If we look at duration of response, the duration of response on this study is a bit short compared to what we would see with the data with brexucabtagene autoleucel, but with a median follow up of a little less than a year we do see some durability of responses. We see some patients remain in remission even off of therapy, thus indicating that there's potentially for some durability of this treatment.
If we look at patients with a complete remission, we see that 20 of 27 patients who obtained complete remission, still remain in remission on study. If we exclude four patients who came off treatment with CAR-T infections, we have 20 of 23 patients with a median duration of response not reached, indicating that there is substantial durability potential in this treatment response. Also, of note, all the patients who've completed 12 cycles of therapy have not yet have progressed on treatment at this current time.
If we dive into the adverse events, the most common adverse event on treatment is cytokine release syndrome as we see the majority of our patients. The good thing with this treatment is we see the majority of this CRS events are grade one and grade two. We do have a scattered few of grade three and grade four CRS events. Some of the other events of note are neutropenia, tumor flare, elevation of AST and anemia, as well as we have a few neurological events that we will discuss later.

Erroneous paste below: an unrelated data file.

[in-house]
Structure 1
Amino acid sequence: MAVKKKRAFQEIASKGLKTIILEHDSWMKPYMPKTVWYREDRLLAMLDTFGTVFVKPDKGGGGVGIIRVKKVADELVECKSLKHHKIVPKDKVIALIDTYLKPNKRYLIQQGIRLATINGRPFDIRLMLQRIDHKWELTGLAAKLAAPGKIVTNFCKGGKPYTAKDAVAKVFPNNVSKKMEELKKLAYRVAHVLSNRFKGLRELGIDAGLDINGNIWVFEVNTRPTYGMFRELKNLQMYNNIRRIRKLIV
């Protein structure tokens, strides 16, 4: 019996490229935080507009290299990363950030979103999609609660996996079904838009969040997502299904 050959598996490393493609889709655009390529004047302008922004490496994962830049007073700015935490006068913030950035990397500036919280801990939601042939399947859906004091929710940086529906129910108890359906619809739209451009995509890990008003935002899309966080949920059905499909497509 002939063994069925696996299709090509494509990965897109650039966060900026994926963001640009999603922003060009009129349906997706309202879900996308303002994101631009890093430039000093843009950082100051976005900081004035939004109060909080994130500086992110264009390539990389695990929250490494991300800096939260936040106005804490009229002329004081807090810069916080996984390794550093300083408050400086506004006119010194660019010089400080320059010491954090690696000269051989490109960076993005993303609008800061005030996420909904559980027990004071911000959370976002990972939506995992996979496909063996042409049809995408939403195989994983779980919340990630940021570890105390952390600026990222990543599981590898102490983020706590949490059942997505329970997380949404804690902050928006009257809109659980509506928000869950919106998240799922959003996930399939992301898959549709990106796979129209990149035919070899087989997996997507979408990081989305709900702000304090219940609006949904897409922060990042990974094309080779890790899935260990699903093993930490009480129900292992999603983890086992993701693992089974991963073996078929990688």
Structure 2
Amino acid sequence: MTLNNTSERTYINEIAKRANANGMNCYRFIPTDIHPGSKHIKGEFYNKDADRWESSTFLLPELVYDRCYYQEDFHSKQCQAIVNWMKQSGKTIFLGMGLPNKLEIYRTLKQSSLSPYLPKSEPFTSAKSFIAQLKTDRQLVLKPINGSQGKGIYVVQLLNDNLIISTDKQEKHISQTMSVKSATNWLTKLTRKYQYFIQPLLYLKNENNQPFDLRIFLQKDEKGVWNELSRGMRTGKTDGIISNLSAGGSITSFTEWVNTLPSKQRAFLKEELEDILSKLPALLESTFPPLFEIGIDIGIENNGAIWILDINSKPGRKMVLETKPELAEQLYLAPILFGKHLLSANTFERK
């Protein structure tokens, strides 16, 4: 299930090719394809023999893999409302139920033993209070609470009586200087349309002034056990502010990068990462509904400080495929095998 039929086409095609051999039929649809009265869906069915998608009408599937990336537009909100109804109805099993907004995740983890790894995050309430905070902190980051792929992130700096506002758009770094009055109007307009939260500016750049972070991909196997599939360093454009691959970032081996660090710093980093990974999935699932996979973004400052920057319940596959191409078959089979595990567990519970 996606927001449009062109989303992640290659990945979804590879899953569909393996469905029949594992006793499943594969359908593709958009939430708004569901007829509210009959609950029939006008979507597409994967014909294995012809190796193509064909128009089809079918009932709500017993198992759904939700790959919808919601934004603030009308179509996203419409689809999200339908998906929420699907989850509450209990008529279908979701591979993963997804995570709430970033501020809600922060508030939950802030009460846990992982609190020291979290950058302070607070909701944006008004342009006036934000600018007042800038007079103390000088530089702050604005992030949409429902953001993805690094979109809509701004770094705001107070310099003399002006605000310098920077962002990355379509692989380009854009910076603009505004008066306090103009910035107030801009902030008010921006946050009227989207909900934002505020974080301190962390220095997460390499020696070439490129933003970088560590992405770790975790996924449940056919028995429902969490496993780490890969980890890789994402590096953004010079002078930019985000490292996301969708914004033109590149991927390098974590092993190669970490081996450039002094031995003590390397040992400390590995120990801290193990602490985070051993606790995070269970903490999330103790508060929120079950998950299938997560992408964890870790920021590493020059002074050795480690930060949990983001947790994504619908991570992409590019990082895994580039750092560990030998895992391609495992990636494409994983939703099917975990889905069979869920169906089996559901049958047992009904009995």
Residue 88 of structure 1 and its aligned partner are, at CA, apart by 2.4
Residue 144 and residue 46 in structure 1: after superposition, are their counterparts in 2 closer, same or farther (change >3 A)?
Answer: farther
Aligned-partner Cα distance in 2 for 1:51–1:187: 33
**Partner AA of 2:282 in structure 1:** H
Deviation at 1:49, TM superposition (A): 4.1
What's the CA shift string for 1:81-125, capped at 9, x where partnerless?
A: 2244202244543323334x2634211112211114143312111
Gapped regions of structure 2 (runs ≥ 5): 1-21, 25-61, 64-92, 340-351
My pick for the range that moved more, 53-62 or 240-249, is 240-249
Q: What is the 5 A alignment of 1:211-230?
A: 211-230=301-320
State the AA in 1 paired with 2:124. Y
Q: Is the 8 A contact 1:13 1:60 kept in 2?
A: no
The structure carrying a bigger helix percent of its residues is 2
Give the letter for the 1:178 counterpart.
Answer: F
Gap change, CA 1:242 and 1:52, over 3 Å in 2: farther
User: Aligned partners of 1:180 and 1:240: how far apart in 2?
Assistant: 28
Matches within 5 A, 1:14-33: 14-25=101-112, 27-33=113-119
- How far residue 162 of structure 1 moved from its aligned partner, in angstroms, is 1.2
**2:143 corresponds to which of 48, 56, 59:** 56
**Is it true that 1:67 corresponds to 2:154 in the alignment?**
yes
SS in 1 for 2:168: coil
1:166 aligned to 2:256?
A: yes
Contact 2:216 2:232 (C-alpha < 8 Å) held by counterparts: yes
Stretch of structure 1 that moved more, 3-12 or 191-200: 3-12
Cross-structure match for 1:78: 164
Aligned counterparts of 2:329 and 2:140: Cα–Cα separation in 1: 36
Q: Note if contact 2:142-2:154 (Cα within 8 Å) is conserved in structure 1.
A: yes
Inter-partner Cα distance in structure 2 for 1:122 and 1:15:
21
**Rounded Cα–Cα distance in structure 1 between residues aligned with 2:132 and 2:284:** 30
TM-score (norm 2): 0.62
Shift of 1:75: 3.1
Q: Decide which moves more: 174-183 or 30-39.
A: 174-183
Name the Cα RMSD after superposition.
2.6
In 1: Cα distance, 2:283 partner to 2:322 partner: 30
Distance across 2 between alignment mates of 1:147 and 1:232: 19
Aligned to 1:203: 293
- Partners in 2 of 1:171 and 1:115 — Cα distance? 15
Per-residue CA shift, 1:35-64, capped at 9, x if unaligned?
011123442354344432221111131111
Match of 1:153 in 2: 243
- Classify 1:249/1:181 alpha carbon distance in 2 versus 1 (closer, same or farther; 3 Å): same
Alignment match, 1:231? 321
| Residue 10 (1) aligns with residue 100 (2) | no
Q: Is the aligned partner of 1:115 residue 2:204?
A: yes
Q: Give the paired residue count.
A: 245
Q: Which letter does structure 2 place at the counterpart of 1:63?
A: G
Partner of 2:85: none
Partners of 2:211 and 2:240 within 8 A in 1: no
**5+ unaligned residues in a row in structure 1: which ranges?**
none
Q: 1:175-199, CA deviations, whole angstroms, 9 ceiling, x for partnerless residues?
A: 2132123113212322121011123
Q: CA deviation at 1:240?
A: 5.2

Diving in deeper into the cytokine release syndrome, we see a lower percentage and frequency of CRS events with a two gram of obinutuzumab pre-treatment and there were no grade four CRS events noted with the two gram of obinutuzumab pre-treatment. All TRS events resolved on study treatment and none of these CRS events led to discontinuation irrespective of the amount of obinutuzumab given, whether it was one or two grams.
If we dive into neurological complications, especially ICANS, there were five ICANS events on the study. Four which occurred in the one gram obinutuzumab pre-treatment and the one that occurred in the two gram obinutuzumab pre-treatment group was a great one ICANS event and did resolve on treatment.
The other issues that we discussed are infection because of how this treatment works, we did see upper respiratory infection and some other infections specifically with COVID-19. There, specifically, were four COVID-19 related events and deaths on study treatment. One occurred after the adverse event reporting program, but overall, these necessarily did not lead to any sort of substantial impact or efficacy into what we see in this study treatment.